For some reason, I cannot reconcile with the fear that these cheats will again don the colours of Pakistan. They are an epitome of the people who are very interested in the dubious and unethical ways to make money and cheat the system to get ahead. In collusion with his captain, Amir pulled together a new thread of dirty tricks to cheat and make money. Butt, Asif, and Amir – all three of them were uniformly unethical and given to fraud. They shared feelings of entitlement and inattention to the consequences of one’s actions on others that played into their moral decisions.
Yes, this resonates with a lot of current Pakistan these days, but it still does not mean that Amir should be given the opportunity to go on and take 300 or more wickets to set an example of impunity for the posterity. Many people think Amir deserves a second chance and Butt and Asif don’t. That is somewhat reasonable but the problem here is that is there is no moral or ethical basis to select Amir and deny the chance for selection to Butt and Asif.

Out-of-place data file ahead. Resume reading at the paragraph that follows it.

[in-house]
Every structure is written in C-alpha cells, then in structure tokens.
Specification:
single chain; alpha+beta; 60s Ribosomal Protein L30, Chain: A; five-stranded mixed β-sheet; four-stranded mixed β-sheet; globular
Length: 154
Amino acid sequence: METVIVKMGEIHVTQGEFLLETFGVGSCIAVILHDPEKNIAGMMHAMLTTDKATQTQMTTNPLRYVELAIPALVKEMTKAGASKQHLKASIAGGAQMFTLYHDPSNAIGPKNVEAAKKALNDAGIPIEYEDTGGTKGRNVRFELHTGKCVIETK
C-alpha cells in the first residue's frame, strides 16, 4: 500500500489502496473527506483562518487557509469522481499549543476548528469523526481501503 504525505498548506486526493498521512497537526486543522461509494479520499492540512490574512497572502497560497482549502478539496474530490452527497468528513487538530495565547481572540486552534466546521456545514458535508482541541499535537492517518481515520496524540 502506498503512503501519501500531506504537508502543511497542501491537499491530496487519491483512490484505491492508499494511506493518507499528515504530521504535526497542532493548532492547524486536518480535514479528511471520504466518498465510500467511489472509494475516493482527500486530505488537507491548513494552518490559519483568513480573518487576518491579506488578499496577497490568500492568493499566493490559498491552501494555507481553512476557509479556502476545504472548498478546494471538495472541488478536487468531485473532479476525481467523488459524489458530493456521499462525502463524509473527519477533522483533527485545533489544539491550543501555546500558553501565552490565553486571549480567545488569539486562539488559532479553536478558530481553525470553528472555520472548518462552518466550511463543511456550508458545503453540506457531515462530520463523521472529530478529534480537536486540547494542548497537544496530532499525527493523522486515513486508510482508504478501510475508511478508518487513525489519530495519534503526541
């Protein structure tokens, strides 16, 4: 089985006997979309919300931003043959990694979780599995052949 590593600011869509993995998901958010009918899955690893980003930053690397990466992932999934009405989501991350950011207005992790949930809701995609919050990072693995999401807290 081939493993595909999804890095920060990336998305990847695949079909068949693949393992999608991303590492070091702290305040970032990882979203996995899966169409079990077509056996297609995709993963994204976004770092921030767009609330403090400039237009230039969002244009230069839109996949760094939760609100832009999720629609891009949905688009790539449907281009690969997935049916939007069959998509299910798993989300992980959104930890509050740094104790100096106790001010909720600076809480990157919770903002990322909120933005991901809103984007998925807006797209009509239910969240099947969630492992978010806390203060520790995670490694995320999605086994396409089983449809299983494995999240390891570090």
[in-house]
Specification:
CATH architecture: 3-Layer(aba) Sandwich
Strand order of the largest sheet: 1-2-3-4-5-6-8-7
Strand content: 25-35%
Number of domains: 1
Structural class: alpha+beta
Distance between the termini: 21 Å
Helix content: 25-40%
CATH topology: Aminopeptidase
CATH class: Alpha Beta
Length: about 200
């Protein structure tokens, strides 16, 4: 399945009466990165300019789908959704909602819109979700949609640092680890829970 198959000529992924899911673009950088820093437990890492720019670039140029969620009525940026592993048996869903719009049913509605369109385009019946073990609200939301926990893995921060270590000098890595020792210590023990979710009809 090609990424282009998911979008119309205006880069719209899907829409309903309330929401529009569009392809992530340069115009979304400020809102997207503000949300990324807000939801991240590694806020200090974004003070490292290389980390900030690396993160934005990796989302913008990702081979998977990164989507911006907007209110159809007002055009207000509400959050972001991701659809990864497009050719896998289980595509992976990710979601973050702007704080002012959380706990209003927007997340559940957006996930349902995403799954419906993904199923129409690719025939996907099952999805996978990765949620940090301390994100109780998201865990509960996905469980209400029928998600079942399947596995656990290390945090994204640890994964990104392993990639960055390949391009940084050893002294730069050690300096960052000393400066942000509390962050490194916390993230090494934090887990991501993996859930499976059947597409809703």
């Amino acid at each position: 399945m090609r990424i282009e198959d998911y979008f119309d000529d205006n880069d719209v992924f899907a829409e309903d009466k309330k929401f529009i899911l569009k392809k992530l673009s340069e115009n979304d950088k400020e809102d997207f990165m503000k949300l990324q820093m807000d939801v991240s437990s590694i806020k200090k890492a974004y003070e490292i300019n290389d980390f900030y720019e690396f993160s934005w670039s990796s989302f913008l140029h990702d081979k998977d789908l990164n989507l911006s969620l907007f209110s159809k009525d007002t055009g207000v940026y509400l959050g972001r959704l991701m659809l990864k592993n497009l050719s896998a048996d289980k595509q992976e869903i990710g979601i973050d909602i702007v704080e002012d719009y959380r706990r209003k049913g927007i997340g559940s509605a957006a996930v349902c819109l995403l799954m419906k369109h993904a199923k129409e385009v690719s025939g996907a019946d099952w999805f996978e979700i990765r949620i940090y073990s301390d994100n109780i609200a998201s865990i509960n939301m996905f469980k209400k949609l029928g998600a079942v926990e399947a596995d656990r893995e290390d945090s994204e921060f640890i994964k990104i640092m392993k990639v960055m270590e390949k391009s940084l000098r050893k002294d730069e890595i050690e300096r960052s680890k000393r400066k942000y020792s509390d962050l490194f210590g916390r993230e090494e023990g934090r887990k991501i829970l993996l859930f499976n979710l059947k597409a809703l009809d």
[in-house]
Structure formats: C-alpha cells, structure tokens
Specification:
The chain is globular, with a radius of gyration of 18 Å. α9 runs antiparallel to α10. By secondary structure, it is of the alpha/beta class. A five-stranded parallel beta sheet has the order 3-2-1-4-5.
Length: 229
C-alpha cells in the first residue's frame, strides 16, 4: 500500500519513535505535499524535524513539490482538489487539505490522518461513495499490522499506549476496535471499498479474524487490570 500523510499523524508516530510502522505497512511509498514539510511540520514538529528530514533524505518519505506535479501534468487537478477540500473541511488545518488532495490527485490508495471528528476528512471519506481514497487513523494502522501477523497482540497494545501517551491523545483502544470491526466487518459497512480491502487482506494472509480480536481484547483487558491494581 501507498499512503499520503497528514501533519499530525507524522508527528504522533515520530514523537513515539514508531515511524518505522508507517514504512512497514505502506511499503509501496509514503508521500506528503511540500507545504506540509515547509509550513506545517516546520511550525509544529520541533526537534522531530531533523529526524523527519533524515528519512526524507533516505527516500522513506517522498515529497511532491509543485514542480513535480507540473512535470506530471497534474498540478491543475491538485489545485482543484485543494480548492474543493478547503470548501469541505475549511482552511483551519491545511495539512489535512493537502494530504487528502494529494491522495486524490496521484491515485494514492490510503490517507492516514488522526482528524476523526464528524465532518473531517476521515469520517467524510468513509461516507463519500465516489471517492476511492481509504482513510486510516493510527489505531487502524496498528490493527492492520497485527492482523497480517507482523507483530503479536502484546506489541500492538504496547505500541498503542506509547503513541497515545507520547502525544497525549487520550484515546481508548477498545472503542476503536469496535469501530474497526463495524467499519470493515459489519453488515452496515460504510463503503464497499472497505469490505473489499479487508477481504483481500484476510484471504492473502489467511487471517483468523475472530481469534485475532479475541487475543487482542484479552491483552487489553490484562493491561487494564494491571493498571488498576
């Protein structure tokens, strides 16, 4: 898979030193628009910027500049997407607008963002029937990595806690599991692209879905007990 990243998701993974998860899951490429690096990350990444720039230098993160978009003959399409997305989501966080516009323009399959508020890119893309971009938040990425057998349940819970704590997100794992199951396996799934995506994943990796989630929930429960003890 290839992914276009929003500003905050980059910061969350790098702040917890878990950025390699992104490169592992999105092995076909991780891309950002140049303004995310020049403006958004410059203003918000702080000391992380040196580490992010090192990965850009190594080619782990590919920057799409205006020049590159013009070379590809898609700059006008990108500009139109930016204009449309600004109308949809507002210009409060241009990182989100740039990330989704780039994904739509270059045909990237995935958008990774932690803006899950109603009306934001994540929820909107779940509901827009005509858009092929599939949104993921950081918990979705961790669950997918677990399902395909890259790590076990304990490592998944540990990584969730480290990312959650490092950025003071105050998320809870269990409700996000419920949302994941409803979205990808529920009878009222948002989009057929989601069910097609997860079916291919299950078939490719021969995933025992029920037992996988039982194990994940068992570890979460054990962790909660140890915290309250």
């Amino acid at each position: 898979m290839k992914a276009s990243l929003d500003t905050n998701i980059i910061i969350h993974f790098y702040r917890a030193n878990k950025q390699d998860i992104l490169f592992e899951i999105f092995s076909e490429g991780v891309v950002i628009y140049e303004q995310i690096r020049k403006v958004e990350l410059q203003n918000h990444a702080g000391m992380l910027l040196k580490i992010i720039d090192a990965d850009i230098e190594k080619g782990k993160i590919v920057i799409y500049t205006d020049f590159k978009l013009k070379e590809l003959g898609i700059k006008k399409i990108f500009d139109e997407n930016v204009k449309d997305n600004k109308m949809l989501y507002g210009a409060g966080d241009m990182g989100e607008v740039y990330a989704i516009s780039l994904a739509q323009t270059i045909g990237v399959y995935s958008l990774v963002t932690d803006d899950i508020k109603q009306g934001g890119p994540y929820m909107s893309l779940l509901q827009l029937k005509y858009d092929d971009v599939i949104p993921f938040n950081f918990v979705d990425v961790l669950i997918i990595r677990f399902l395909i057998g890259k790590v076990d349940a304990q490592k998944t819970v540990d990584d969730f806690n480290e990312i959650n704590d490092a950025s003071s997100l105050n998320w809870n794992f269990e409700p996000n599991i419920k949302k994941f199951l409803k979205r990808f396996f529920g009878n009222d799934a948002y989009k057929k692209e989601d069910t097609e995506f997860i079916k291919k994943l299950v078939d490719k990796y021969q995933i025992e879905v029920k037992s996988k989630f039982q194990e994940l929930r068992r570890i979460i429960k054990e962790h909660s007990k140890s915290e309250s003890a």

Murmur this in my ear, please! Oh I hear what you are saying. That they confessed to their wrongdoing. Now, go and fool someone else. Even Amir’s confession occurred, when the truth was incontrovertibly out and there was no other hope left, as an act of hypocrisy to seek public sympathy. That too he confessed to only part of his transgression as if, after having played 47 international matches, he was a newborn baby misled by his captain.
Although confessions are traditionally viewed as categorical —one either comes clean or not— Amir’s confession may seem attractive, because it offers an opportunity to relieve his guilt without having to own up to the full consequences of the transgression. Partial confessions after cheating to the full extent possible reek of hypocrisy. That’s what all three of them have done in varying degrees.